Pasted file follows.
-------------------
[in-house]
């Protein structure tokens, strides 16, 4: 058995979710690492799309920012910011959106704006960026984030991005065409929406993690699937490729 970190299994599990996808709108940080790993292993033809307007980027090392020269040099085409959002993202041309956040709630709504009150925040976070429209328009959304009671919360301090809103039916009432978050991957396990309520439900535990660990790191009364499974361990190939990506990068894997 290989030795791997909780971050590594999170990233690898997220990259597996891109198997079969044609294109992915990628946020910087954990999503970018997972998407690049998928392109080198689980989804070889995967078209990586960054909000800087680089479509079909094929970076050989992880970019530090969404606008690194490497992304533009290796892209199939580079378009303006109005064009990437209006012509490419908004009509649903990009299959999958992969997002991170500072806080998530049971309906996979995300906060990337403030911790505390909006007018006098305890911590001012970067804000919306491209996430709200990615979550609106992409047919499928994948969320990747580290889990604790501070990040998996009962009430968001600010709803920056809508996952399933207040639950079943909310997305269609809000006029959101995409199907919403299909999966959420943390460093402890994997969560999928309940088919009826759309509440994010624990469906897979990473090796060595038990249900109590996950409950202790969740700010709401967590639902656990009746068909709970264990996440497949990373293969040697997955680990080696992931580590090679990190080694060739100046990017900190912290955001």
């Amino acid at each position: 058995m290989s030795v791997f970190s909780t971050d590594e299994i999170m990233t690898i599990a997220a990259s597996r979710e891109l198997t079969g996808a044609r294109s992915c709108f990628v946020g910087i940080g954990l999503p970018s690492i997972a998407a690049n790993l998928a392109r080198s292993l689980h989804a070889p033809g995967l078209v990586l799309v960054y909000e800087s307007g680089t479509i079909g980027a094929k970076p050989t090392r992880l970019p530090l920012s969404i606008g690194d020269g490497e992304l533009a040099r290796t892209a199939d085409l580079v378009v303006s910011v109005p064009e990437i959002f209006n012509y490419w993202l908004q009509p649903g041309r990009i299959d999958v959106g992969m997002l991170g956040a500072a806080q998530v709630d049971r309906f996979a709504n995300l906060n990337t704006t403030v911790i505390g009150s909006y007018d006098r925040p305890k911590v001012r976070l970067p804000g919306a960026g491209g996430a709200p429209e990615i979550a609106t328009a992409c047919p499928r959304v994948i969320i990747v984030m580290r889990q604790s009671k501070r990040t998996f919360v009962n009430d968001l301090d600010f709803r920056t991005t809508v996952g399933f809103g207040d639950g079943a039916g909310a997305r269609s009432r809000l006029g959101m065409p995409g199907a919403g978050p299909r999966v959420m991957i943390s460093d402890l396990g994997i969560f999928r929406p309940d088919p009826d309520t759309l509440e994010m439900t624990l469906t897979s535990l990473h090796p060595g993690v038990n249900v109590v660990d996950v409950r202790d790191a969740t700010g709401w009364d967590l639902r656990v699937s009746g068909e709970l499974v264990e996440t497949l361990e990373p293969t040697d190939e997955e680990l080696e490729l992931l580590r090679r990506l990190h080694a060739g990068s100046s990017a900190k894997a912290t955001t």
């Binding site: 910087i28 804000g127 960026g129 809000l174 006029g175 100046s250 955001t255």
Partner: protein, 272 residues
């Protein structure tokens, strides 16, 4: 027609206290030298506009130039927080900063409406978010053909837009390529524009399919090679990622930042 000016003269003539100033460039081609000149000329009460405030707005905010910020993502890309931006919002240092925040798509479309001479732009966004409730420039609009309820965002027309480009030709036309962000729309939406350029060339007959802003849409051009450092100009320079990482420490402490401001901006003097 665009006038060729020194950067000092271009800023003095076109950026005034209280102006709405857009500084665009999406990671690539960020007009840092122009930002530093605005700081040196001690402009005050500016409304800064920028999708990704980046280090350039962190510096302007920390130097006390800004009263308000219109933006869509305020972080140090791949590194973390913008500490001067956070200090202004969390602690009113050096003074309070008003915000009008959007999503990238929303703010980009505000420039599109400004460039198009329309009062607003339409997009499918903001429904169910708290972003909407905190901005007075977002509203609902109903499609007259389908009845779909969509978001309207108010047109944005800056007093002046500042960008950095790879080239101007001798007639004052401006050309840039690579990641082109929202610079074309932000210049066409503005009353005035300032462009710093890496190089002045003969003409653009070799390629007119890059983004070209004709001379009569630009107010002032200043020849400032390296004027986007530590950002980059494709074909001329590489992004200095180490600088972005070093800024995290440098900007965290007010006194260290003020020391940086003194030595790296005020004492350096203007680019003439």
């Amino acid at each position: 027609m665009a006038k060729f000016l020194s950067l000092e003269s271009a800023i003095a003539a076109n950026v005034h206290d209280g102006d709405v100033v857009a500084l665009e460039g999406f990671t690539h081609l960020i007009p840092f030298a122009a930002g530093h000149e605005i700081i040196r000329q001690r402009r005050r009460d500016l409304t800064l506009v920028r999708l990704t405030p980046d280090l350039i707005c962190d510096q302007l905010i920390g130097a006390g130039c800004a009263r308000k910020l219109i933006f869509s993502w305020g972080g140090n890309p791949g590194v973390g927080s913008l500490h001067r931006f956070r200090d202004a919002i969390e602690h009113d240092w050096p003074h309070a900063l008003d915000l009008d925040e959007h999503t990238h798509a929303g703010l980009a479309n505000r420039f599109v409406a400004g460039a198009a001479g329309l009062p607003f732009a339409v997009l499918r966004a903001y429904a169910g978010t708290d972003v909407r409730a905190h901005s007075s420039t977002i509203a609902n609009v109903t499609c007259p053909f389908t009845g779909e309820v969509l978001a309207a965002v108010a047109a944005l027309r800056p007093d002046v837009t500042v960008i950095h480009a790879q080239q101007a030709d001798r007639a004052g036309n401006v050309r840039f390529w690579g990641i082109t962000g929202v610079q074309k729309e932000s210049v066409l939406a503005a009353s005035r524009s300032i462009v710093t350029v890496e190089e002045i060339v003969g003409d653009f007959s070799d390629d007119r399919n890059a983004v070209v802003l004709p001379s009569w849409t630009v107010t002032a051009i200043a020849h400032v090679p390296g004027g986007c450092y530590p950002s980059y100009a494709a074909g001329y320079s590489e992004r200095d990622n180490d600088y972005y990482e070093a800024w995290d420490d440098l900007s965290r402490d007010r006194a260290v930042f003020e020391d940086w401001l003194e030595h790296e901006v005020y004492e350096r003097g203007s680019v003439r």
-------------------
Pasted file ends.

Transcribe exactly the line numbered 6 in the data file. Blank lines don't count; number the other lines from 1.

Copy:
């Protein structure tokens, strides 16, 4: 027609206290030298506009130039927080900063409406978010053909837009390529524009399919090679990622930042 000016003269003539100033460039081609000149000329009460405030707005905010910020993502890309931006919002240092925040798509479309001479732009966004409730420039609009309820965002027309480009030709036309962000729309939406350029060339007959802003849409051009450092100009320079990482420490402490401001901006003097 665009006038060729020194950067000092271009800023003095076109950026005034209280102006709405857009500084665009999406990671690539960020007009840092122009930002530093605005700081040196001690402009005050500016409304800064920028999708990704980046280090350039962190510096302007920390130097006390800004009263308000219109933006869509305020972080140090791949590194973390913008500490001067956070200090202004969390602690009113050096003074309070008003915000009008959007999503990238929303703010980009505000420039599109400004460039198009329309009062607003339409997009499918903001429904169910708290972003909407905190901005007075977002509203609902109903499609007259389908009845779909969509978001309207108010047109944005800056007093002046500042960008950095790879080239101007001798007639004052401006050309840039690579990641082109929202610079074309932000210049066409503005009353005035300032462009710093890496190089002045003969003409653009070799390629007119890059983004070209004709001379009569630009107010002032200043020849400032390296004027986007530590950002980059494709074909001329590489992004200095180490600088972005070093800024995290440098900007965290007010006194260290003020020391940086003194030595790296005020004492350096203007680019003439």